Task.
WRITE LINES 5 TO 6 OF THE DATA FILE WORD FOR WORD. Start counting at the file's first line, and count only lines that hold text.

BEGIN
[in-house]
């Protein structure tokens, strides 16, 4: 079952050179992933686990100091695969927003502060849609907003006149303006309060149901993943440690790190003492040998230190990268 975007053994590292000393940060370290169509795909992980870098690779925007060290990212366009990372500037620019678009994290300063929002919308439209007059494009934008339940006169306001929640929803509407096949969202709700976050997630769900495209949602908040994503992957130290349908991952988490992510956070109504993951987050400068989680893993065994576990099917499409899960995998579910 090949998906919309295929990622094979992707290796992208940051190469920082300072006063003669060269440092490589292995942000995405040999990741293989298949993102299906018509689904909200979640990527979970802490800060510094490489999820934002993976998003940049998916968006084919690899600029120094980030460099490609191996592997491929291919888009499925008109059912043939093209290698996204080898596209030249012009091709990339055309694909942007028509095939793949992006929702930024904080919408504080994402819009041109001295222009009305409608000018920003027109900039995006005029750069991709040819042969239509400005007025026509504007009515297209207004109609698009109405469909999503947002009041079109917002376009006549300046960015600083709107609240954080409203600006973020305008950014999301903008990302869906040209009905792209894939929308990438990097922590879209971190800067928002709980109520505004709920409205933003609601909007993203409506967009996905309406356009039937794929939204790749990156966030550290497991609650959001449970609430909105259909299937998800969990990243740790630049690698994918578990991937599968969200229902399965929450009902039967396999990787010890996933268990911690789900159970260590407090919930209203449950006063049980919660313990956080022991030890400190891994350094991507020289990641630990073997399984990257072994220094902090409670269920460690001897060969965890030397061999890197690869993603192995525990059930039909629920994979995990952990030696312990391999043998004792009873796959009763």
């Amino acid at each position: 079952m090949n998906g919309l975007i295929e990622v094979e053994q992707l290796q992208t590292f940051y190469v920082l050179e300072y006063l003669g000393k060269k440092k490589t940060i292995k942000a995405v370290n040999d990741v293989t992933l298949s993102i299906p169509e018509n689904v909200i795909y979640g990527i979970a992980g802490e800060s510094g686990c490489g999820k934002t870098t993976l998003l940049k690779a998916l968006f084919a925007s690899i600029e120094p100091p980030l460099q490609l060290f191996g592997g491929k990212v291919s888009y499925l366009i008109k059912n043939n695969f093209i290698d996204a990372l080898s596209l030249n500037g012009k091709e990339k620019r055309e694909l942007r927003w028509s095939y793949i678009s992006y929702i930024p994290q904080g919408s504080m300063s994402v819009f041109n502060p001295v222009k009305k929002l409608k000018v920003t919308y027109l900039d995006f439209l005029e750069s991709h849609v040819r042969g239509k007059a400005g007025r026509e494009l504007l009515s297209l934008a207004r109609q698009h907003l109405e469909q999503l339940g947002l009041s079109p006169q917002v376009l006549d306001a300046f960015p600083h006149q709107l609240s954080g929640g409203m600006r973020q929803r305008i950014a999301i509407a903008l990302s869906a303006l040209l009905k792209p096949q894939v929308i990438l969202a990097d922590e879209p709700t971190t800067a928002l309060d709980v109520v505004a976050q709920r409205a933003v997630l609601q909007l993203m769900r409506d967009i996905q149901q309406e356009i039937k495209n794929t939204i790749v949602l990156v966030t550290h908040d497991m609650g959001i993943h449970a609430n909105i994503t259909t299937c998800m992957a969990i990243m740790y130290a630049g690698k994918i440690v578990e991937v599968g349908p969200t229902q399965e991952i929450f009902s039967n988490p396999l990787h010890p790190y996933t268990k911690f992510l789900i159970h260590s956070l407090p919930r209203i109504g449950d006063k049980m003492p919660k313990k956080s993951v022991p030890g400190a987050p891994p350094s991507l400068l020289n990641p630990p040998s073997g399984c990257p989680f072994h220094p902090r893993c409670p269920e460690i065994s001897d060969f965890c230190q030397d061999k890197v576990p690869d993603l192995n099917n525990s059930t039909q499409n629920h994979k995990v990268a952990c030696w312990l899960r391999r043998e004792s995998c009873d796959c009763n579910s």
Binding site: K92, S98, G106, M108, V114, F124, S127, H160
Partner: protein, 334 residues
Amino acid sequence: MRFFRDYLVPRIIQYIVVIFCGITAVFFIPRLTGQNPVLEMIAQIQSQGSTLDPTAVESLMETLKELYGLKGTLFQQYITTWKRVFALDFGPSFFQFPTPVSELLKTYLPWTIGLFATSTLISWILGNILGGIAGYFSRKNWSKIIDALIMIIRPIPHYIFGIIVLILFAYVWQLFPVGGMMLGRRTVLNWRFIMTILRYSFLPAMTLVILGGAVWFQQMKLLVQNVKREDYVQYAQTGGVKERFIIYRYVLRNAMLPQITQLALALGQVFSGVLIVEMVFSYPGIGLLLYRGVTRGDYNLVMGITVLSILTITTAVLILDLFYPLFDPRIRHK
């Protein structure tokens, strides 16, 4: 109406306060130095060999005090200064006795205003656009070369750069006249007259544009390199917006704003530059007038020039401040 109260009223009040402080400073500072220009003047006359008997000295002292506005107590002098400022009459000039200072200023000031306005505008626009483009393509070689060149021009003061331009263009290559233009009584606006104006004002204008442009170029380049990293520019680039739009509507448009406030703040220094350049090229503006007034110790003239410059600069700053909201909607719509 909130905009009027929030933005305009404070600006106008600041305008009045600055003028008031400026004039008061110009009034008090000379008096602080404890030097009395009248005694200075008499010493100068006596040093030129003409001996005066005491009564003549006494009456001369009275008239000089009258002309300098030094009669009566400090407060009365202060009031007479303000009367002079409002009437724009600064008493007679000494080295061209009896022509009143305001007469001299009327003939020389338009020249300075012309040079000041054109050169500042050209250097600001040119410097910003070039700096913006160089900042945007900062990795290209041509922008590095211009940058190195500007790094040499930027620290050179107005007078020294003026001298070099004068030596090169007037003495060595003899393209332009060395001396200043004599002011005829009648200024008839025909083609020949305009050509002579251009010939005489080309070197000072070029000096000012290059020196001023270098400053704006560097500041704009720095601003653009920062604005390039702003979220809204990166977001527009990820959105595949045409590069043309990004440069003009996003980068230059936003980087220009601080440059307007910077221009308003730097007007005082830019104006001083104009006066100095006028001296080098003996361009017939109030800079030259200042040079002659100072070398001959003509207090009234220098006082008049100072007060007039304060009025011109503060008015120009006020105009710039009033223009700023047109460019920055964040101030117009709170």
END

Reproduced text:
Partner: protein, 334 residues
Amino acid sequence: MRFFRDYLVPRIIQYIVVIFCGITAVFFIPRLTGQNPVLEMIAQIQSQGSTLDPTAVESLMETLKELYGLKGTLFQQYITTWKRVFALDFGPSFFQFPTPVSELLKTYLPWTIGLFATSTLISWILGNILGGIAGYFSRKNWSKIIDALIMIIRPIPHYIFGIIVLILFAYVWQLFPVGGMMLGRRTVLNWRFIMTILRYSFLPAMTLVILGGAVWFQQMKLLVQNVKREDYVQYAQTGGVKERFIIYRYVLRNAMLPQITQLALALGQVFSGVLIVEMVFSYPGIGLLLYRGVTRGDYNLVMGITVLSILTITTAVLILDLFYPLFDPRIRHK